Chronic granulomatous disease (CGD) patients are prone to recurrent and potentially life threatening bouts of infection due to the inability of phagocytic cells to kill invading microorganisms.
Normal phagocytes release reactive oxygen compounds in response to infection, but this defense is lacking in phagocytes of people with CGD. In the current issue of the Journal of Clinical Investigation
, Griffin Rodgers and colleagues at the National Institutes of Health identify a neutrophil granule protein, OLFM4 as a potential therapeutic target for CGD patients.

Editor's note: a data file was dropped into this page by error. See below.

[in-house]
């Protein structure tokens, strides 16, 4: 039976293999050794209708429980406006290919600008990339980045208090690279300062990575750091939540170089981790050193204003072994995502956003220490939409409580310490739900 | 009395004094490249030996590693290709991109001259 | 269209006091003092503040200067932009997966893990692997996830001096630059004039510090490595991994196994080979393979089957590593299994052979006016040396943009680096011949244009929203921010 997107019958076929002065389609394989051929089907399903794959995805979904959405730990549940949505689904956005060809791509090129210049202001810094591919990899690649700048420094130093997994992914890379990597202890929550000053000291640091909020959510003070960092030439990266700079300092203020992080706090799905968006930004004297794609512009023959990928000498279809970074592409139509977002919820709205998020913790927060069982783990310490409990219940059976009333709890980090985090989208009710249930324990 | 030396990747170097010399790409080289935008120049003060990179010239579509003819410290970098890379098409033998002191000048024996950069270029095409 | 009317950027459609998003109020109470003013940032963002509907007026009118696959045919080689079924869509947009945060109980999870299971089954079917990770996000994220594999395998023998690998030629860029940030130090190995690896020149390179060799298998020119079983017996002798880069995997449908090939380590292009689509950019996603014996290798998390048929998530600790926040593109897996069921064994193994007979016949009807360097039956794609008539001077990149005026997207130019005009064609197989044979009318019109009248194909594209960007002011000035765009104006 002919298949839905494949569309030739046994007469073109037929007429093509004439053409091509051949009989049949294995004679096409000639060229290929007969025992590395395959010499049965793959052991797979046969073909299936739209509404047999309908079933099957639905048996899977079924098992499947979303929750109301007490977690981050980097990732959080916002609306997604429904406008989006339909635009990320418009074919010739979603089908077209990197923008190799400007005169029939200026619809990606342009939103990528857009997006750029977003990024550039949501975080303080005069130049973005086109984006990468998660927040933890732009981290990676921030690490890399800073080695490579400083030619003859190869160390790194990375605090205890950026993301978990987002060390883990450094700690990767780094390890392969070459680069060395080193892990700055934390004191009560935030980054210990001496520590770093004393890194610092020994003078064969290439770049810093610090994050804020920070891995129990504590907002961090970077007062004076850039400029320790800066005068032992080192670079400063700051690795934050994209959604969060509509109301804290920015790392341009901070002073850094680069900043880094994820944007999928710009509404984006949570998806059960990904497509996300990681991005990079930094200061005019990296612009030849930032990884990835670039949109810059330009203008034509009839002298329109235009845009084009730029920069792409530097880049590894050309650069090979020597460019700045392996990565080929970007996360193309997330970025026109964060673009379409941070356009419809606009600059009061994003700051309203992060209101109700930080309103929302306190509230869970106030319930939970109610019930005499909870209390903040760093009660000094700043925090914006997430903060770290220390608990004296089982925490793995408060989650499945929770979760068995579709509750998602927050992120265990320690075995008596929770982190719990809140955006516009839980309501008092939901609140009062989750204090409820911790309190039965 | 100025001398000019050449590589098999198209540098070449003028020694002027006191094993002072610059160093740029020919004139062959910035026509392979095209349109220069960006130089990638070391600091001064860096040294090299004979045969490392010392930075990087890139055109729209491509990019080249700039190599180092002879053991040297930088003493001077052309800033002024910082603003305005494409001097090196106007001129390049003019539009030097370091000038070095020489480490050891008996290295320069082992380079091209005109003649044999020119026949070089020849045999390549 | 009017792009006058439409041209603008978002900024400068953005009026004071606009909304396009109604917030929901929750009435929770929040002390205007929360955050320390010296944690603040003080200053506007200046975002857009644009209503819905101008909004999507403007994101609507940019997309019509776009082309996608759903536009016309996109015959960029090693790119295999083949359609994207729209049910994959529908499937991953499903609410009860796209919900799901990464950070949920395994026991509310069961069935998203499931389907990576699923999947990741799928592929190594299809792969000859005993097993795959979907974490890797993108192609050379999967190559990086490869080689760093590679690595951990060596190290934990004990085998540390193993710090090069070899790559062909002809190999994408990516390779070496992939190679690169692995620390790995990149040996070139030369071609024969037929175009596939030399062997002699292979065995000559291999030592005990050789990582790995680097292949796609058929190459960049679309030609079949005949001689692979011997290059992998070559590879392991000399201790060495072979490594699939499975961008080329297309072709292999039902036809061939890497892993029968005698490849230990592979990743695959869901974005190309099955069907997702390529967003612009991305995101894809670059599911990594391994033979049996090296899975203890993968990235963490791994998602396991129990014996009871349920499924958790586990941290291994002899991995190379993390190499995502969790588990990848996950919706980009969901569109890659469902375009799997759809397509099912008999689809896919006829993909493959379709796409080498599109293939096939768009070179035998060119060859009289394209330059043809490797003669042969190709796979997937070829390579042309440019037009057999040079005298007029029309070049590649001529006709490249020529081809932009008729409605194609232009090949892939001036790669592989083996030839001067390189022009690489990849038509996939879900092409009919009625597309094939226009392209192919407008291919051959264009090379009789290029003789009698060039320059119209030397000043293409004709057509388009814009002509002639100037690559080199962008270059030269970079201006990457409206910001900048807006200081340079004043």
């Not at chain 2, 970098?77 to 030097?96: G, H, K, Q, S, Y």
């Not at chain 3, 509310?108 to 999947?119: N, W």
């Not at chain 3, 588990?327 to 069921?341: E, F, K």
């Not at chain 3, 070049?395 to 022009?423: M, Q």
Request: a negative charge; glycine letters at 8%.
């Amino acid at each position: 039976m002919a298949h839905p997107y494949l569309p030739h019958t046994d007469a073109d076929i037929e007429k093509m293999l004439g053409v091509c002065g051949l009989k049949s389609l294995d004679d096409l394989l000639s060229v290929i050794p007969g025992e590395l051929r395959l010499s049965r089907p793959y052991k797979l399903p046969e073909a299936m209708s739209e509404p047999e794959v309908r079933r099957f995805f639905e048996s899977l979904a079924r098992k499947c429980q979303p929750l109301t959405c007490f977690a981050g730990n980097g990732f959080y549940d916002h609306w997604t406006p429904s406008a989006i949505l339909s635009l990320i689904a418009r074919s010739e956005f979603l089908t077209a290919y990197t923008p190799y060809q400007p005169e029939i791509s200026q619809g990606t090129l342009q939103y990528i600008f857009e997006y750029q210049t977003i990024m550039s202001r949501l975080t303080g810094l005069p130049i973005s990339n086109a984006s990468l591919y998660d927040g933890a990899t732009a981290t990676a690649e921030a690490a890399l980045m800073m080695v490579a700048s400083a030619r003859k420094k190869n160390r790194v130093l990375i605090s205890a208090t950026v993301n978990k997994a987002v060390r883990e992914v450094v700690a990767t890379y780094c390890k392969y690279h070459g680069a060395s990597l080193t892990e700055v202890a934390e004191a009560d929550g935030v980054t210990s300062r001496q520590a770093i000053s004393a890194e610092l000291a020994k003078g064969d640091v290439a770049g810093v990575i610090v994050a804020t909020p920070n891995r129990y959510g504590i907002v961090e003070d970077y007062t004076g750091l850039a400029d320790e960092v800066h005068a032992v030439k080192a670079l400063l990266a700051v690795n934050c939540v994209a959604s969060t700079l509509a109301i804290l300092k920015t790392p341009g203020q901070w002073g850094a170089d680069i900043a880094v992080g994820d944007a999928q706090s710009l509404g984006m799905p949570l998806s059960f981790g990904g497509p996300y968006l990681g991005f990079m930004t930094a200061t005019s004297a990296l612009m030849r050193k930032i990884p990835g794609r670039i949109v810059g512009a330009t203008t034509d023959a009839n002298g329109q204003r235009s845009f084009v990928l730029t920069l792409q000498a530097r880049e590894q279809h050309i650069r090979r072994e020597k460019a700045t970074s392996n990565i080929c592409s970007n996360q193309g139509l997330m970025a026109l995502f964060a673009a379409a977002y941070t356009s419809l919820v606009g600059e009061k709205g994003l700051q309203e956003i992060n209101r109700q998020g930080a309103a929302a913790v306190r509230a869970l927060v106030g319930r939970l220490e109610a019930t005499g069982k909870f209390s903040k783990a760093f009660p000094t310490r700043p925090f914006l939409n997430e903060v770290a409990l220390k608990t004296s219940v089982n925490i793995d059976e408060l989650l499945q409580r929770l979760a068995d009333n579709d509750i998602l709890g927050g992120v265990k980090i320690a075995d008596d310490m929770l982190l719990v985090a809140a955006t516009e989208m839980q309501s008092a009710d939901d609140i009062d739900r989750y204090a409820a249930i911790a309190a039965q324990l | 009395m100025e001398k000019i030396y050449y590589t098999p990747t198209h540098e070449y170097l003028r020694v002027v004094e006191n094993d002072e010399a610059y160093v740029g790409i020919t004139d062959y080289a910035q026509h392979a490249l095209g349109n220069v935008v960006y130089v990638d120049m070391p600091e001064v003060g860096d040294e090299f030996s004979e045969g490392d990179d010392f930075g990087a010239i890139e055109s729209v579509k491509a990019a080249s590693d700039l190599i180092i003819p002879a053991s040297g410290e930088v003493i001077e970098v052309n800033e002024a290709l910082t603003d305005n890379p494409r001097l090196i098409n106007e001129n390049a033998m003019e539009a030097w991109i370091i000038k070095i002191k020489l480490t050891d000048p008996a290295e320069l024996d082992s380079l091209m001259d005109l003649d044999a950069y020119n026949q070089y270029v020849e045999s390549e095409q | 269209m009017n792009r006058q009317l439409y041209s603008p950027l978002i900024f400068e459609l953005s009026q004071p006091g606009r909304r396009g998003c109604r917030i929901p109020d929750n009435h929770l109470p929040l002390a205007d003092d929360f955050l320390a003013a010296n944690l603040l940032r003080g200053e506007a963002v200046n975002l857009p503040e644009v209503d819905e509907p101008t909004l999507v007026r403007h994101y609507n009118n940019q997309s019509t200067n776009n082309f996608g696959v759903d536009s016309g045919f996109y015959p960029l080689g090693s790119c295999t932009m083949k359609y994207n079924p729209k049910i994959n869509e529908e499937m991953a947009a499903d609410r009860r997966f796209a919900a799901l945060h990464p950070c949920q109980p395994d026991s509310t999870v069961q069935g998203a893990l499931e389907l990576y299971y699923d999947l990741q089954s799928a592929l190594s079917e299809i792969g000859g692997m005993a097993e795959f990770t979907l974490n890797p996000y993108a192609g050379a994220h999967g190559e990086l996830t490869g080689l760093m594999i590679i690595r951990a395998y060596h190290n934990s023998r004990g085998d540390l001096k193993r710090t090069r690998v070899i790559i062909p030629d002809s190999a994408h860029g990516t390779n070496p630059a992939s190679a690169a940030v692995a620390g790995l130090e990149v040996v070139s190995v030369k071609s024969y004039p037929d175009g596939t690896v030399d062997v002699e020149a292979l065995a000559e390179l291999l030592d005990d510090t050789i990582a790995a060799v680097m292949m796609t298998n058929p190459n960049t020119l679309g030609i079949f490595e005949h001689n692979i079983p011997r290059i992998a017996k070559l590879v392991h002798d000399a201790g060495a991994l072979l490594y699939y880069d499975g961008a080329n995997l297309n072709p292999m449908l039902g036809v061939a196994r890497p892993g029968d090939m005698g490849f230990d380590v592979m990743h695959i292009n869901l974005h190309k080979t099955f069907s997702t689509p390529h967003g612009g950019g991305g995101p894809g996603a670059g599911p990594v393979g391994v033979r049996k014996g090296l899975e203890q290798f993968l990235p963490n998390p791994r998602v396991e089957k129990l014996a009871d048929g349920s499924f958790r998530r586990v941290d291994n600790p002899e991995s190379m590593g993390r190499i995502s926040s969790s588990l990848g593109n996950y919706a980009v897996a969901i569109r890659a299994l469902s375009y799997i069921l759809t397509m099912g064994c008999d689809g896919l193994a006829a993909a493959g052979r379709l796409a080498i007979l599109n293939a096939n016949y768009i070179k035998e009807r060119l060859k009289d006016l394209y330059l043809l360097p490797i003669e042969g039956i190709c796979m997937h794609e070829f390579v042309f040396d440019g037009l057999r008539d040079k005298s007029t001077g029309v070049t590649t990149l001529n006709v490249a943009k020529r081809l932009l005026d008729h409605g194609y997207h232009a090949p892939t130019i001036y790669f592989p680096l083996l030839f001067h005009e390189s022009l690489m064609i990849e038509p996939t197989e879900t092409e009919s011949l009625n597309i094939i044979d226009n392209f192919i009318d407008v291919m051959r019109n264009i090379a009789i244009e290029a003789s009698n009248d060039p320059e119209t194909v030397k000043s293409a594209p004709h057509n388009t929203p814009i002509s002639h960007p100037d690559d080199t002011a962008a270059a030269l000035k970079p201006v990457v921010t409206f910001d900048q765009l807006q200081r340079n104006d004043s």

In a mouse model of CGD, deletion of Olfm4
protected the mice from infection with Staphylococcus aureus
. The protective effect of Olmf4
deletion in CGD mice extended to multiple strains of S. aureus, including a community-associated strain of MRSA. This study suggests that targeting OLMF4 in CGD patients may enhance their ability to fight off bacterial infection.